Here, appellants filed their complaint on May 3, 2002. Accompanying the complaint was an affidavit of appellants' counsel stating that expert review could not reasonably be obtained before commencing the action because of the applicable statute of limitations. On August 6, 2002, HGA informed appellants that it would seek dismissal because they had failed to serve the expert-review affidavit. Appellants served the affidavit that same day. On August 9, 2002, appellants filed an application to waive or extend the time limits for certification of expert review under Minn. Stat. § 544.42.
On September 23, 2002, the district court found that good cause existed to extend the time limits of section 544.42 and that the August 6 affidavit would be considered timely. The court made specific findings that good cause had been shown and that appellants made good-faith efforts to locate an expert. The court further found that the good-cause provision of Minn. Stat. § 544.42, subd. 3(c), did not apply and that the matter was more appropriately addressed under Minn. R. Civ. P. 6.02. The court reasoned that the statutory conditions were procedural, and therefore subject to extension under rule 6.02 because appellants sufficiently demonstrated excusable neglect. HGA moved to dismiss appellants' complaint for failure to abide by the time limits for certification of expert review, but the district court denied the motion, standing by the reasoning it set out when it granted appellants' request to extend the time limits.
HGA argues that the district court erred by failing to dismiss appellants' complaint because appellants did not file their affidavit within the 90 days allowed under Minn. Stat. § 544.42, subd. 3(b). We disagree.
Minnesota courts have held that failure to strictly satisfy the expert disclosure requirements will result in dismissal of the claim with prejudice. Broehm, 690 N.W.2d at 726; see also Teffeteller v. Univ. of Minn., 645 N.W.2d 420, 430-31 (Minn. 2002) (dismissal of malpractice action mandated where expert disclosure contains only broad and conclusory statements); Lindberg v. Health Partners, Inc., 599 N.W.2d 572, 578 (Minn. 1999) (dismissal mandated where expert disclosure falls short of the substantive disclosure requirements). And this court has upheld the district court's dismissal of a complaint for failure to serve an expert-identification affidavit within 180 days after initiating its claim. Middle River, 692 N.W.2d at 90-91. Further, we have recently held that the "safe-harbor" provision of Minn. Stat. § 544.42, subd. 6(a), allows a plaintiff to submit a second affidavit of expert review where the district court ruled the initial affidavit inadequate. Noske v. Friedberg, ___ N.W.2d ___, ___, 2006 WL 1073063, at * 5 (Minn. App. Apr. 25, 2006).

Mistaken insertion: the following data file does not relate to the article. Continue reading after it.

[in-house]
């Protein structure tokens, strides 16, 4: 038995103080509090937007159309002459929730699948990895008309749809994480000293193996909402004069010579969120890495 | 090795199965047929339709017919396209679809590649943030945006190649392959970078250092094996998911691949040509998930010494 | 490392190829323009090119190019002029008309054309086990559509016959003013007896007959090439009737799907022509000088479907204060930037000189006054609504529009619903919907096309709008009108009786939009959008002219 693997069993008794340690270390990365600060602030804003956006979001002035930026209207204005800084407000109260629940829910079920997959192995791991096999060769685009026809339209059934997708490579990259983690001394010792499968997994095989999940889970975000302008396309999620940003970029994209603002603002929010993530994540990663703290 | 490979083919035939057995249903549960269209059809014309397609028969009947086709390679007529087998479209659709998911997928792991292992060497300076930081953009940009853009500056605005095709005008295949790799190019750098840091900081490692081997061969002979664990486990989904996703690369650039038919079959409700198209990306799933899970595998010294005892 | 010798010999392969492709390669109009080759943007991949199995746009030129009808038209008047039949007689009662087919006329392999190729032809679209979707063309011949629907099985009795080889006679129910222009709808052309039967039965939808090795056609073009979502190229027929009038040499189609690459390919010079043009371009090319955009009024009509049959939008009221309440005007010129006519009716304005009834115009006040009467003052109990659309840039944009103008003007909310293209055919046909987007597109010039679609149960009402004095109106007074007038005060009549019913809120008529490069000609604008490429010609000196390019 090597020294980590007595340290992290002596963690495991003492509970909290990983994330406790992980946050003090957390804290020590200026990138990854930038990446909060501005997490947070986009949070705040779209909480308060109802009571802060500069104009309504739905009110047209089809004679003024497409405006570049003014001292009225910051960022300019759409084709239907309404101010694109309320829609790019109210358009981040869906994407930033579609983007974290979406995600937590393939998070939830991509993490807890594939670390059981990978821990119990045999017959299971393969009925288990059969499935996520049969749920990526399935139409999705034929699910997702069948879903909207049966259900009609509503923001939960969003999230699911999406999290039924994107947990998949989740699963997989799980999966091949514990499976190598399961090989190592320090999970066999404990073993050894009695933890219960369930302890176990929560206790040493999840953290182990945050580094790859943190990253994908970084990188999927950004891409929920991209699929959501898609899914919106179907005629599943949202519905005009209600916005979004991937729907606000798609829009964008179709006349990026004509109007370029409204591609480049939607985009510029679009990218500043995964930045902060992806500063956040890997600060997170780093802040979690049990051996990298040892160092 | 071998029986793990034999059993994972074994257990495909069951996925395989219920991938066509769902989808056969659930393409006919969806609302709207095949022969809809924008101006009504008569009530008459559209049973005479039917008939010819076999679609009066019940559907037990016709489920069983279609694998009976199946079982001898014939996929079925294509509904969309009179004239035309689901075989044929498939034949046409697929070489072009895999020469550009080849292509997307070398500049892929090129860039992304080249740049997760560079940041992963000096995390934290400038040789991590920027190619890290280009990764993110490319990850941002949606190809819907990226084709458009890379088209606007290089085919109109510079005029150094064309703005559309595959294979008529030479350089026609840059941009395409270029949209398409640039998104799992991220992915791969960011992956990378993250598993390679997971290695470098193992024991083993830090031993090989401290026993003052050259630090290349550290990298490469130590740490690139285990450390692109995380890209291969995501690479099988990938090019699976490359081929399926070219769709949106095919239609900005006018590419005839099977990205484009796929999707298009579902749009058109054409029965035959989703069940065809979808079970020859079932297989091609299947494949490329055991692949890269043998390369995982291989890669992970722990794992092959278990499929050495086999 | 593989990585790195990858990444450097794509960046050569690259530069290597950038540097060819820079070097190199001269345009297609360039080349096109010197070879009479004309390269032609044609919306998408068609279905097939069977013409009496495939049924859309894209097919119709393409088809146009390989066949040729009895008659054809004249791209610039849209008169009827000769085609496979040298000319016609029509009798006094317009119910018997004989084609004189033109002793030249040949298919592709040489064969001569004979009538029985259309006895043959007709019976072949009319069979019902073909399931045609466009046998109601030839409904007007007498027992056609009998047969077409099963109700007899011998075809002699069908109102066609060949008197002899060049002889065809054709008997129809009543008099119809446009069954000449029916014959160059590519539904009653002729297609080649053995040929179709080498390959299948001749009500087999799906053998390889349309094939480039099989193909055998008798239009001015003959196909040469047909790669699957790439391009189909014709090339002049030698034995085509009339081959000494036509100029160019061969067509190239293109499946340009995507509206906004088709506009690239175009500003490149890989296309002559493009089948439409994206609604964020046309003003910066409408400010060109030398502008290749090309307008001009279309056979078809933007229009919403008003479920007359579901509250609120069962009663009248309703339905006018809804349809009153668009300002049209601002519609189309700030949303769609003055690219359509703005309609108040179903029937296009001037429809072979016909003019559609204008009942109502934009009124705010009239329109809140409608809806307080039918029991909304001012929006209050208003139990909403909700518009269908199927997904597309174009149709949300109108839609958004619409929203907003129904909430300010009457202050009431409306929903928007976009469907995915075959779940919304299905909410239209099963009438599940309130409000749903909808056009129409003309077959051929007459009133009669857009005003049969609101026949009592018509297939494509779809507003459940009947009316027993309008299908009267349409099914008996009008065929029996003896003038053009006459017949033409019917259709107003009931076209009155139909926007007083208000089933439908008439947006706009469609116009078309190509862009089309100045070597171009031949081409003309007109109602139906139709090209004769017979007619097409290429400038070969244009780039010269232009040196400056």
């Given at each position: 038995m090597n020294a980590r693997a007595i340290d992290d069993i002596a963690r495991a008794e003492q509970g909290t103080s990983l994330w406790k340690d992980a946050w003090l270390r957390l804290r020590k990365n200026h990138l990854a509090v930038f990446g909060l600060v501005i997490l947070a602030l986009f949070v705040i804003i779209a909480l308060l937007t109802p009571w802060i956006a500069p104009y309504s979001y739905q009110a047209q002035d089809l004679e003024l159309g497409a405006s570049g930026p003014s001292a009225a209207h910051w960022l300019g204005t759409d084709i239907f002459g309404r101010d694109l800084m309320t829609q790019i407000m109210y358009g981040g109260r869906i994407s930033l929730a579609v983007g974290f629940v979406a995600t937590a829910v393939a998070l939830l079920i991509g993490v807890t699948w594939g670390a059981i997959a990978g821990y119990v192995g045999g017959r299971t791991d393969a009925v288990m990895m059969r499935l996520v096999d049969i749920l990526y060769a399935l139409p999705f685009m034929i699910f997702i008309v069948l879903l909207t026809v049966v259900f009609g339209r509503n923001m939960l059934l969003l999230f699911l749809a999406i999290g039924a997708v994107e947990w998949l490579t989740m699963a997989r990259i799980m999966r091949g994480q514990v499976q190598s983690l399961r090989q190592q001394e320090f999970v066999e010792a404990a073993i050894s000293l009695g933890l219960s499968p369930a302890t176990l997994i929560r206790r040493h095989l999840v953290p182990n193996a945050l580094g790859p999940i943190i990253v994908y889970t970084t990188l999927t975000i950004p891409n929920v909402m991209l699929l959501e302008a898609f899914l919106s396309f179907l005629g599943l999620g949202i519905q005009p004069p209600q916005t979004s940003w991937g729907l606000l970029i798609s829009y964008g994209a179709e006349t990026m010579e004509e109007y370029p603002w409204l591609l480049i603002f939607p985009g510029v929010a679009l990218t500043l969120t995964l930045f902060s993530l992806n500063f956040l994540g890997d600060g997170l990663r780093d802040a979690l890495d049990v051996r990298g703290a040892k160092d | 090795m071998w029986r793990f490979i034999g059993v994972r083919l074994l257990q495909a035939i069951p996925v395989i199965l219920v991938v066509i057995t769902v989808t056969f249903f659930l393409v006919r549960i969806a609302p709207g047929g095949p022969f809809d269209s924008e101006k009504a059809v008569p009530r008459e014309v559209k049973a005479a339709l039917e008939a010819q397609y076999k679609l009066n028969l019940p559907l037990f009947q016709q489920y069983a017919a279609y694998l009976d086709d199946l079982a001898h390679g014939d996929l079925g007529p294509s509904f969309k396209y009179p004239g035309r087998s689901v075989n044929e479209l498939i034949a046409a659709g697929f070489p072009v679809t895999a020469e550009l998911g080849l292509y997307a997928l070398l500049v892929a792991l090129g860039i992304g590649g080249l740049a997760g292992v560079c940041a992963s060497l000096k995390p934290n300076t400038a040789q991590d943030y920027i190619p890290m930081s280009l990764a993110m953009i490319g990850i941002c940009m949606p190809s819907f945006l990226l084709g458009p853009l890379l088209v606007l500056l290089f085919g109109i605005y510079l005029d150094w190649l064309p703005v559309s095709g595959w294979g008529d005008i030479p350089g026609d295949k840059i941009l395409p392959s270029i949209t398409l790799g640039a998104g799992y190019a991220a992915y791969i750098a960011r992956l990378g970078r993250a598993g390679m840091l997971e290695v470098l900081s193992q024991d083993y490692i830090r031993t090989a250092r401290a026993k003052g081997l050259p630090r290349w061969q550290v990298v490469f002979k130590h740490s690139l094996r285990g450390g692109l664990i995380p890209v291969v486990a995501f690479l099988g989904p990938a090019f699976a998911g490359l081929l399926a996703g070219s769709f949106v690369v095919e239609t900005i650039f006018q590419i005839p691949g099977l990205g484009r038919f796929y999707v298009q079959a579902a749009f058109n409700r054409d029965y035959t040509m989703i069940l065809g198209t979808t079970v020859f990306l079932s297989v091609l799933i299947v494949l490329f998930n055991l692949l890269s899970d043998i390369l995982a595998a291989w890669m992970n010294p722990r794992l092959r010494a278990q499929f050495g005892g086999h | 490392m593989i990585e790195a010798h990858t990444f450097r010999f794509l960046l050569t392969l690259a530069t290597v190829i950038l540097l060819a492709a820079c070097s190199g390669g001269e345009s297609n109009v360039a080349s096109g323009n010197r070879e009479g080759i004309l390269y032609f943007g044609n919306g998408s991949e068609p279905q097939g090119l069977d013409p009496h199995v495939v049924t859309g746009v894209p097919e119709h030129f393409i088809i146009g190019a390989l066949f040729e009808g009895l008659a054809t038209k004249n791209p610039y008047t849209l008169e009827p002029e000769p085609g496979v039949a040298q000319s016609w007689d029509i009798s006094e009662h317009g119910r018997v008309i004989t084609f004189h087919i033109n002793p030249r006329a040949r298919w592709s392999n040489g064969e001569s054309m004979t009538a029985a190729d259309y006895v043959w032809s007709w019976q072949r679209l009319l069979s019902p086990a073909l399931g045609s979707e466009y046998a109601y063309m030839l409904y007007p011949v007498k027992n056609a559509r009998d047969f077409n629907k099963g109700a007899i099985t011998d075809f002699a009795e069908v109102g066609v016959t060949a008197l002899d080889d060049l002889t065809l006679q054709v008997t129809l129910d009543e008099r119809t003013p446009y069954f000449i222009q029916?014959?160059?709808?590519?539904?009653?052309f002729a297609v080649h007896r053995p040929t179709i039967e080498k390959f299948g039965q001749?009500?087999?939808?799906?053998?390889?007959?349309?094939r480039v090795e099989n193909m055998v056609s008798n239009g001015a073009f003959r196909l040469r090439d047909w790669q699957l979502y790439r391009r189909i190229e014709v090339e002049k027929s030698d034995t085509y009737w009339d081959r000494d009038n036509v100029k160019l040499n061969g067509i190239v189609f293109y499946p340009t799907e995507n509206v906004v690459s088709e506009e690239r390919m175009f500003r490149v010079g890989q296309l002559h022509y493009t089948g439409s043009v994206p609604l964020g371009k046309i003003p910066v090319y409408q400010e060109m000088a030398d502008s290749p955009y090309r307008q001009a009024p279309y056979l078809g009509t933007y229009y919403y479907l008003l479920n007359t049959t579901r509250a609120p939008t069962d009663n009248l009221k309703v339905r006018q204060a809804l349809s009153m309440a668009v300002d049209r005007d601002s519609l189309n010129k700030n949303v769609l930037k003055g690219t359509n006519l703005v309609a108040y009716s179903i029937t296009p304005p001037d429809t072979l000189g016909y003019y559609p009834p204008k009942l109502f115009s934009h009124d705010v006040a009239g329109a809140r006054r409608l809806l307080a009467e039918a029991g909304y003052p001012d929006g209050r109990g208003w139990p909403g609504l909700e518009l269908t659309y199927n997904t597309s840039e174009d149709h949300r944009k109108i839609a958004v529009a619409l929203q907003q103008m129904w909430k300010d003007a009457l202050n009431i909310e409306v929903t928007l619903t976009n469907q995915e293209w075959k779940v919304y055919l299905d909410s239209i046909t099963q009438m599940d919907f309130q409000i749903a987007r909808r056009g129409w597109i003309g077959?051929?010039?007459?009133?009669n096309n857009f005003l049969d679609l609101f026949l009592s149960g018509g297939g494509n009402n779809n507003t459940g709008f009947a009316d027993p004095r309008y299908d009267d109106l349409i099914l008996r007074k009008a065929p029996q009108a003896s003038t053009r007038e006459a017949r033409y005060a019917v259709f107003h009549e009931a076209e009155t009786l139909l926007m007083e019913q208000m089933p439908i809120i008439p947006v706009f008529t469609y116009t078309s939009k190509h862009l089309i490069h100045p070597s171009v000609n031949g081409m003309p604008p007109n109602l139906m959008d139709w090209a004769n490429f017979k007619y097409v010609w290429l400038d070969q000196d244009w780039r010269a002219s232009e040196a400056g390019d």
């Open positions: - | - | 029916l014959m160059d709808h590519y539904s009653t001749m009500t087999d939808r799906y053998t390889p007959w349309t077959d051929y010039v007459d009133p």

But Minnesota courts have not addressed whether Minn. Stat. § 544.42 may be read in conjunction with Minn. R. Civ. P. 6.02, which allows the district court to expand statutory time periods, even after expiration of the time period, upon a showing of excusable neglect. In the medical malpractice context, Minnesota courts may allow an extension of the time period for serving expert affidavits. Stern v. Dill, 442 N.W.2d 322, 324-25 (Minn. 1989); Parker v. O'Phelan, 414 N.W.2d 534, 538 (Minn. App. 1987), aff'd by an equally divided court, 428 N.W.2d 361 (Minn. 1988). In Stern, the plaintiff failed to timely file the second affidavit, identifying expert witnesses within 180 days, under Minn. Stat. § 145.682, subds. 2(2), 4 (1988). 442 N.W.2d at 323. The defendant moved to dismiss, relying on the statutory language requiring "mandatory dismissal with prejudice." Id. Notwithstanding the penalty clause language requiring mandatory dismissal, the supreme court concluded that the statute should be read in conjunction with Minn. R. Civ. P. 6.02 because the statutory time limits were procedural and could therefore be extended, even after the time limits expired, upon a showing of excusable neglect. Id. at 324.
Here, the 90 days allotted to appellants under Minn. Stat. § 544.42, subd. 3(b), ran on August 1, 2002. And appellants did not file their expert-review affidavit by that date. Accordingly, Minn. Stat. § 544.42, subd. 6(b), required dismissal of appellants' claims. Thus, we must determine whether the district court erred by applying Minn. R. Civ. P. 6.02 to extend the time in which appellants could serve their affidavit.
Rule 6.02 permits trial courts to extend time limits imposed by statute "provided the motion for extension is made before the time expires." Parker, 414 N.W.2d at 536. If the motion is made after time expires, as in this case, the court may enlarge the time limit "where the ...